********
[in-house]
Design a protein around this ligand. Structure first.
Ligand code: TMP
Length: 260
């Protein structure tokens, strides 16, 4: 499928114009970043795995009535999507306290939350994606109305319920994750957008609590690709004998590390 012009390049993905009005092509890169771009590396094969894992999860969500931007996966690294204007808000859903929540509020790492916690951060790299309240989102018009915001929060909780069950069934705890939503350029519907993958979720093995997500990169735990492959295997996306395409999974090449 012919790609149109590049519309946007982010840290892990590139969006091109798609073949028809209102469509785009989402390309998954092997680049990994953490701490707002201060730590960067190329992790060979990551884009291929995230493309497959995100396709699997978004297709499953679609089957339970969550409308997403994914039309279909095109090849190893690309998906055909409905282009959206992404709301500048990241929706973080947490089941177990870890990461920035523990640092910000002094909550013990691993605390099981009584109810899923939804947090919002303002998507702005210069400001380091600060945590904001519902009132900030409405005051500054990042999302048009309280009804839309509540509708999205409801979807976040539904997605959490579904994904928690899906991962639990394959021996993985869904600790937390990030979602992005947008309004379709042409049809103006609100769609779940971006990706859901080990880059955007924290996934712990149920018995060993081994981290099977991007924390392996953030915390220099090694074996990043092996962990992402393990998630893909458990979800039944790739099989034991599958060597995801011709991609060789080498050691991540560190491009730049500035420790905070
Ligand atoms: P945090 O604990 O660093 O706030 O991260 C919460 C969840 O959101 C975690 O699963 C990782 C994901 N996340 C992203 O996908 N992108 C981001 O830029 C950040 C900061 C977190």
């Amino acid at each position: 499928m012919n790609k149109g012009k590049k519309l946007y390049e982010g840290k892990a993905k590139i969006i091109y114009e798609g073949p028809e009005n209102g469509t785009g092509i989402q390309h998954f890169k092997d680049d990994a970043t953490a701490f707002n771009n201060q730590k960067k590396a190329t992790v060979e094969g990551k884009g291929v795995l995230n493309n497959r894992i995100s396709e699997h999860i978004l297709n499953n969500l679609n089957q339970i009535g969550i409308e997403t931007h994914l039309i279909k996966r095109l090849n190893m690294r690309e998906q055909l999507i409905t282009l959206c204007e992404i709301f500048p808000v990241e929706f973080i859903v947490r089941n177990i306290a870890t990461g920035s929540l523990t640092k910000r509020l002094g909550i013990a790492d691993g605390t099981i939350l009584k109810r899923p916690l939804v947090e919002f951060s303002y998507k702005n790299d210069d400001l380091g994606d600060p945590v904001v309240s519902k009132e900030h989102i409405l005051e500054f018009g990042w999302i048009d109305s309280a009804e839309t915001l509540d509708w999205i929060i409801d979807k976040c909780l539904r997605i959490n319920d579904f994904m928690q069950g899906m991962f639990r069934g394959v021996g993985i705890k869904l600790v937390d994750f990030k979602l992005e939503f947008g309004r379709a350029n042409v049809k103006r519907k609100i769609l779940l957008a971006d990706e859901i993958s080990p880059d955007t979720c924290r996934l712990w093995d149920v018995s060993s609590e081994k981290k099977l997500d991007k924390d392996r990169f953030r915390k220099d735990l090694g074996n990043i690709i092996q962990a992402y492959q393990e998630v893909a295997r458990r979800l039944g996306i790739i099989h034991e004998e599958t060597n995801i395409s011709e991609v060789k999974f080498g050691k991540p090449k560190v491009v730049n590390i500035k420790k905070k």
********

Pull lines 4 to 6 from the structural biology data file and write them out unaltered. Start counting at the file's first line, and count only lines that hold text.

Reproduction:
Length: 260
């Protein structure tokens, strides 16, 4: 499928114009970043795995009535999507306290939350994606109305319920994750957008609590690709004998590390 012009390049993905009005092509890169771009590396094969894992999860969500931007996966690294204007808000859903929540509020790492916690951060790299309240989102018009915001929060909780069950069934705890939503350029519907993958979720093995997500990169735990492959295997996306395409999974090449 012919790609149109590049519309946007982010840290892990590139969006091109798609073949028809209102469509785009989402390309998954092997680049990994953490701490707002201060730590960067190329992790060979990551884009291929995230493309497959995100396709699997978004297709499953679609089957339970969550409308997403994914039309279909095109090849190893690309998906055909409905282009959206992404709301500048990241929706973080947490089941177990870890990461920035523990640092910000002094909550013990691993605390099981009584109810899923939804947090919002303002998507702005210069400001380091600060945590904001519902009132900030409405005051500054990042999302048009309280009804839309509540509708999205409801979807976040539904997605959490579904994904928690899906991962639990394959021996993985869904600790937390990030979602992005947008309004379709042409049809103006609100769609779940971006990706859901080990880059955007924290996934712990149920018995060993081994981290099977991007924390392996953030915390220099090694074996990043092996962990992402393990998630893909458990979800039944790739099989034991599958060597995801011709991609060789080498050691991540560190491009730049500035420790905070
Ligand atoms: P945090 O604990 O660093 O706030 O991260 C919460 C969840 O959101 C975690 O699963 C990782 C994901 N996340 C992203 O996908 N992108 C981001 O830029 C950040 C900061 C977190």